More than a year has passed since the US Court of Appeals for the Eleventh Circuit’s decision in Catalyst Pharms., Inc. v. Becerra struck down the US Food and Drug Administration’s (FDA) indication-specific interpretation of orphan drug exclusivity (ODE).1 In response to that September 2021 decision, FDA’s Office of Orphan Products Development (OOPD) has deferred all of its pending orphan exclusivity determinations. In fact, OOPD has not publicly recognized orphan exclusivity for any product approved since November 2021. Rather than recognize a broad, disease-specific scope of orphan exclusivity consistent with the Eleventh Circuit’s opinion, the agency appears to be waiting for a legislative fix to effectively overrule the Catalyst decision. The status of that legislative fix is in jeopardy, however, in light of the recent passage2 of a “clean” version of the FDA user fee reauthorization provisions—without any changes to the Orphan Drug Act. As a result, sponsors remain in the dark about the impact of the court decision, and FDA has given little indication how the agency intends to proceed.
The Catalyst Decision
Briefly, the Catalyst decision held that FDA’s indication-specific interpretation of the scope of ODE was incompatible with the Orphan Drug Act’s exclusivity provision, which describes a “rare disease or condition.” Under FDA’s historical approach, which had been codified in agency regulations since 2013, a drug product approved for an “indication or use” that is narrower than the “rare disease or condition” for which the orphan designation was granted would obtain exclusivity only for the approved indication or use. However, the Eleventh Circuit held in Catalyst that the scope of exclusivity was as broad as the rare disease or condition for which designation was granted, even if a drug product’s approval was for a narrower indication. In the context of the Catalyst case, the court thus concluded that the orphan exclusivity for Catalyst’s Firdapse (amifampridine phosphate) blocked approval of Jacobus Pharmaceutical Co.’s (Jacobus’s) competitor product, Ruzurgi (amifampridine), for a different indication.3
The Aftermath, Part 1: Catalyst and Jacobus Settle Their Dispute, Leaving Firdapse the Sole Product on the Market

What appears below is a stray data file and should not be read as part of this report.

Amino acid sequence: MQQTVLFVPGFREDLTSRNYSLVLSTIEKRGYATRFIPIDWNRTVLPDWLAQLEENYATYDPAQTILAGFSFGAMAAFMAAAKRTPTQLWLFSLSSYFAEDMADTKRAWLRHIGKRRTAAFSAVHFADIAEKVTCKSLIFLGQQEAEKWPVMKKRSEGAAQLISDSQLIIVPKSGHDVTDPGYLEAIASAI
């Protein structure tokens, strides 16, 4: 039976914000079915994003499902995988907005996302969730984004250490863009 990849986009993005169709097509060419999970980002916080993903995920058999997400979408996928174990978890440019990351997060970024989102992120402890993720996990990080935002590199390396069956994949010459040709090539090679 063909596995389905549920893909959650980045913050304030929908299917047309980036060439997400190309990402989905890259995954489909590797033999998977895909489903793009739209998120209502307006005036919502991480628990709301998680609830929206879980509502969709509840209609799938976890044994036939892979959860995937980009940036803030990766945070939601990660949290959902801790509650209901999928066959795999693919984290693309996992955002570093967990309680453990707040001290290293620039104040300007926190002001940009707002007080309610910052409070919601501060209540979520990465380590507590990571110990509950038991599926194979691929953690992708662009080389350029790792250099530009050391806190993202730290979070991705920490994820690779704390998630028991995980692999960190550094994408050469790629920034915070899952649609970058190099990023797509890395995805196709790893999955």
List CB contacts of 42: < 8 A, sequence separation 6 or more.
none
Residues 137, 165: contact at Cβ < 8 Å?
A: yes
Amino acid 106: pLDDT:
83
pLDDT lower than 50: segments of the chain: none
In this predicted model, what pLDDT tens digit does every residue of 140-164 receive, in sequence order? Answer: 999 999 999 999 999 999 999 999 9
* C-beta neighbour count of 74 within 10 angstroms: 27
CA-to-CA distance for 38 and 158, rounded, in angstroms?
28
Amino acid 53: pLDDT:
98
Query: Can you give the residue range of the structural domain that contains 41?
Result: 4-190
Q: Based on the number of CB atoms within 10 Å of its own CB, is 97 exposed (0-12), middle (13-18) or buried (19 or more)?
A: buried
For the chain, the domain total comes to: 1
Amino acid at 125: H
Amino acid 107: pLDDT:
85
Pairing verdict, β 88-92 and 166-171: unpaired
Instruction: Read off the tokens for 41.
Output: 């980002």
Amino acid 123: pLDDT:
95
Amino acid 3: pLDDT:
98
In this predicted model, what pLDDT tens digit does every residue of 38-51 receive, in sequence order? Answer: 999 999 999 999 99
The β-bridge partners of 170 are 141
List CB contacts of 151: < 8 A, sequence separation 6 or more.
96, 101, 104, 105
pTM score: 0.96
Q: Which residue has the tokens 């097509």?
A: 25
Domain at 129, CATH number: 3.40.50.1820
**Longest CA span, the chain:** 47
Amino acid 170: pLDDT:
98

Following the Eleventh Circuit decision, intervenor-defendant Jacobus initially submitted a petition for a writ of certiorari to the Supreme Court in hopes of overturning the appellate court’s decision. FDA did not join or otherwise seek further review. Before the Supreme Court ruled on the Jacobus petition, however, the issue became moot—at least with respect to the two amifampridine products. In the context of related patent litigation brought by Catalyst against Jacobus, the two companies announced a settlement in July 2022, whereby Jacobus agreed to withdraw its petition to the Supreme Court and Catalyst dismissed its patent infringement claims and acquired rights to distribute Jacobus’s Ruzurgi in the US.4
What is more, in late September 2022, FDA approved a supplement to the Firdapse NDA for use in pediatric patients older than 6 years of age. As a result, the outcome that FDA appears to have sought to avoid—a single approved amifampridine product on the market—remains the status quo, at least until the expiration of the seven-year orphan exclusivity period for Catalyst’s Firdapse in November 2025.
The Aftermath, Part II: What About All the Other Orphan Drug Products?
The impact of the Catalyst decision on FDA and the rare disease industry has been significant. As noted in our previous Legal Update, the scope of orphan exclusivity for existing products remains unclear. For products approved since the Catalyst decision, the situation is even worse. These sponsors cannot even be certain that their orphan-designated products will be protected by orphan exclusivity, because FDA’s OOPD has effectively stopped making exclusivity determinations since late 2021. The agency appears to be seeking to avoid having to recognize an orphan exclusivity broader than a product’s approved use, as the Catalyst decision would seem to require of FDA.
Key to the agency’s inaction had been the possibility—or even expectation—that the user fee reauthorization legislation would include a provision effectively overruling Catalyst and codifying FDA’s orphan exclusivity regulation. Indeed, the user fee bills initially released by both the House and the Senate contained provisions amending the statutory exclusivity provision to narrow the scope of ODE to the “approved use or indication.”5 Both bills also included language designed to have the new provisions applied retroactively: